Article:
We must try to work as constructively as possible. Of course the Opposition will continue to try to make political points out of the health service. I regret that in so doing they often scare patients. We should take no lessons from the Opposition. When in government, they were destroying the NHS. There were 24 hours in which to save it simply because the Conservatives were doing nothing for it.

The internal market did not work. I spoke to finance director after finance director. One after the other told me, "This is not working. The Conservatives' internal market does not work. It does not help patients and it does not help staff." Labour is rebuilding the NHS with staff and with patients. I commend the Government on their work.

4.29 pm
Mr. Simon Burns (West Chelmsford)

I hope that the hon. Member for South Swindon (Ms Drown) will forgive me if I do not take up her remarks, except to say that having heard them I now fully understand the meaning of the expression "Blair's babe".

I congratulate my hon. Friend the Member for Woodspring (Dr. Fox) on raising this important issue for debate. First, I shall take up the point made by my right hon. Friend the Member for Wealden (Sir G. Johnson Smith) about the allegations that have been made throughout the debate and at other times that the Opposition, when in government, would want to privatise the national health service. That is not true and is deeply offensive to all of us who believe passionately in the NHS. We have been in government for more than 50 per cent. of the lifetime of the health service. I am fair-minded enough to pay full credit to the Labour party for the establishment of the NHS in 1948 but it is a bit rich for the Government to make cheap party political points by spreading fears around the country that my party would privatise the health service. We would not privatise the national health service.

We believe in the NHS, in the way that the vast majority of people do. They want the national health service and they are content to pay their taxes to finance it. I wish that Ministers, Labour Members and prospective parliamentary candidates would stop this nonsense of suggesting that we would not keep the NHS on the basic premise on which it was established.

Such strands of propaganda are not unique in history. It is thought by some that if a big enough lie is spread often enough, the drip, drip, drip effect will convince people that there is some truth in it. I was outraged by a document that was put through my constituents' letter boxes two months ago, "Labour Rose", published by the Labour party at Millbank. It categorically tells people that, under the Conservatives If you need a hip replacement or other major operations you will have to go private. If you need to see a GP you will be charged under the Conservatives. That is an outright lie. To show that Labour has learned the lessons of dishonest propaganda from others who are far better at it, Labour tries to give that document authenticity by incorporating a little box headed: This is how much the Tories want you to pay. Hip replacement, hernia and cataract removal operations are all included, with price bands presented as though they were factual. To add insult to injury, it says: Health Privatisation. Guaranteed. The Tories would make patients go private for hip and knee replacements and other major operations. That is a lie. There is no other word for it.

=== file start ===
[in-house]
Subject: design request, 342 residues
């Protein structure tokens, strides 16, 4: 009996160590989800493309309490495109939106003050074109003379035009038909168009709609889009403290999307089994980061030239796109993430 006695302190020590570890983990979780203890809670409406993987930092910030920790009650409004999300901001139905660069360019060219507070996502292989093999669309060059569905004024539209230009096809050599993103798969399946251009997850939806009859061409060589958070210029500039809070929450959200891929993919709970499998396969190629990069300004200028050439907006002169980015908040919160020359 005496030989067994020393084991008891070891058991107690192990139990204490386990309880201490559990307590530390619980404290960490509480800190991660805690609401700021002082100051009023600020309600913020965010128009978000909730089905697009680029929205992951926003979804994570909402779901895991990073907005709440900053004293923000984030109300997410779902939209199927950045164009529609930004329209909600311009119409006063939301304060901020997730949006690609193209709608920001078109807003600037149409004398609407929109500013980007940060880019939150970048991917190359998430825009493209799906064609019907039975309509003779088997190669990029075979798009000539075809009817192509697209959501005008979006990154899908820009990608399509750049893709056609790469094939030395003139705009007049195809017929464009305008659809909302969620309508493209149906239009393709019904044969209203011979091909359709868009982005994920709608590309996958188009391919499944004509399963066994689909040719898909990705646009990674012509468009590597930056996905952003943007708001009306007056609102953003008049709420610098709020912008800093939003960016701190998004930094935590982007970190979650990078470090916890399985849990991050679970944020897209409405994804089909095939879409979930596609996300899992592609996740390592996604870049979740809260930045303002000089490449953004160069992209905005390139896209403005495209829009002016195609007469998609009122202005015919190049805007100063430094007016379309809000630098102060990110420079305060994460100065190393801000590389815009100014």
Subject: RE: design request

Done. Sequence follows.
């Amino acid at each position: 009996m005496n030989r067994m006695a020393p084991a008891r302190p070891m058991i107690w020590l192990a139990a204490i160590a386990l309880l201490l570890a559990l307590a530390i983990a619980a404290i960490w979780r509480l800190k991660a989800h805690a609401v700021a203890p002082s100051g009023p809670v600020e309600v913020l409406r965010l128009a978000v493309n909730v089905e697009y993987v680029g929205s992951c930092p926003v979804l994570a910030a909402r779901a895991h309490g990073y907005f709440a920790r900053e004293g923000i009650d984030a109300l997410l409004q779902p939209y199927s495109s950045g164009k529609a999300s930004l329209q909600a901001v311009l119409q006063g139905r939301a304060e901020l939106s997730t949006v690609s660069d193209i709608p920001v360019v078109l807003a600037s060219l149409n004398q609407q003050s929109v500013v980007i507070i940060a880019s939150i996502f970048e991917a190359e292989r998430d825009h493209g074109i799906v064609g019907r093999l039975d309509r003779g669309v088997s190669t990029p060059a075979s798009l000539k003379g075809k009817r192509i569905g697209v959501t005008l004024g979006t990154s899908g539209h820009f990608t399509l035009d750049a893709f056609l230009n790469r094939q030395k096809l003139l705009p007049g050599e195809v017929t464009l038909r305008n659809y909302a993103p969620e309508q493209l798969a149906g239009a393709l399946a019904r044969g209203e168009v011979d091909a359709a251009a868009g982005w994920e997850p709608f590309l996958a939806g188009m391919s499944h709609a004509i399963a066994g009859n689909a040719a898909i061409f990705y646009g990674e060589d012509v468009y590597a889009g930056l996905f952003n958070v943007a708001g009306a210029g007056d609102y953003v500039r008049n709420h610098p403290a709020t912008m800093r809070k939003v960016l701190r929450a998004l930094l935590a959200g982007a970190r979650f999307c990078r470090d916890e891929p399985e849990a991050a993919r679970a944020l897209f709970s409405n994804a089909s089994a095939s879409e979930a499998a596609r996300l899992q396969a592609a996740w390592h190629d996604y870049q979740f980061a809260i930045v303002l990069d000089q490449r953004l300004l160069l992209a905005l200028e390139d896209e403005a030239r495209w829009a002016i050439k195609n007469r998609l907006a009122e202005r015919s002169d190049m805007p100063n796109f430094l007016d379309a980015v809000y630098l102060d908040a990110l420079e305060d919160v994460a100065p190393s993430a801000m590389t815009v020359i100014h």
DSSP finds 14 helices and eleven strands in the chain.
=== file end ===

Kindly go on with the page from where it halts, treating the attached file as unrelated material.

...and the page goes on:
I assure Labour Members that the Tory party will not vote for privatisation because we do not believe in it.

Mr. Hesford

Which Tory party?

Mr. Burns

That was very funny. The hon. Gentleman tried to get a laugh but did not raise one.

The Conservative party believes in the national health service, as it has shown not only in every general election since 1948 but in the way that it put more and more money into the NHS during its stewardship and sought to raise standards of patient care.

Labour Members may, with total sincerity, disagree with some of the reforms that Conservative Governments have implemented, but they were introduced with the most sincere of motives—to improve and enhance patient care. Labour Members will say that we want an expanded private health sector to work with the NHS. If individuals wish to spend their money on private care, they are entitled to do so. I certainly do not believe that anyone should be made to do so and we have no such proposals. It causes me no problems if people want to spend their money on private health care—no more than if any Government, including the present Administration, want to spend some of the taxpayer's money on treatment in private hospitals because they want to deal with waiting lists. If that means that the patient will be treated more quickly, I have no problem with it, provided that treatment is free at the point of delivery to that patient and the NHS picks up the bill.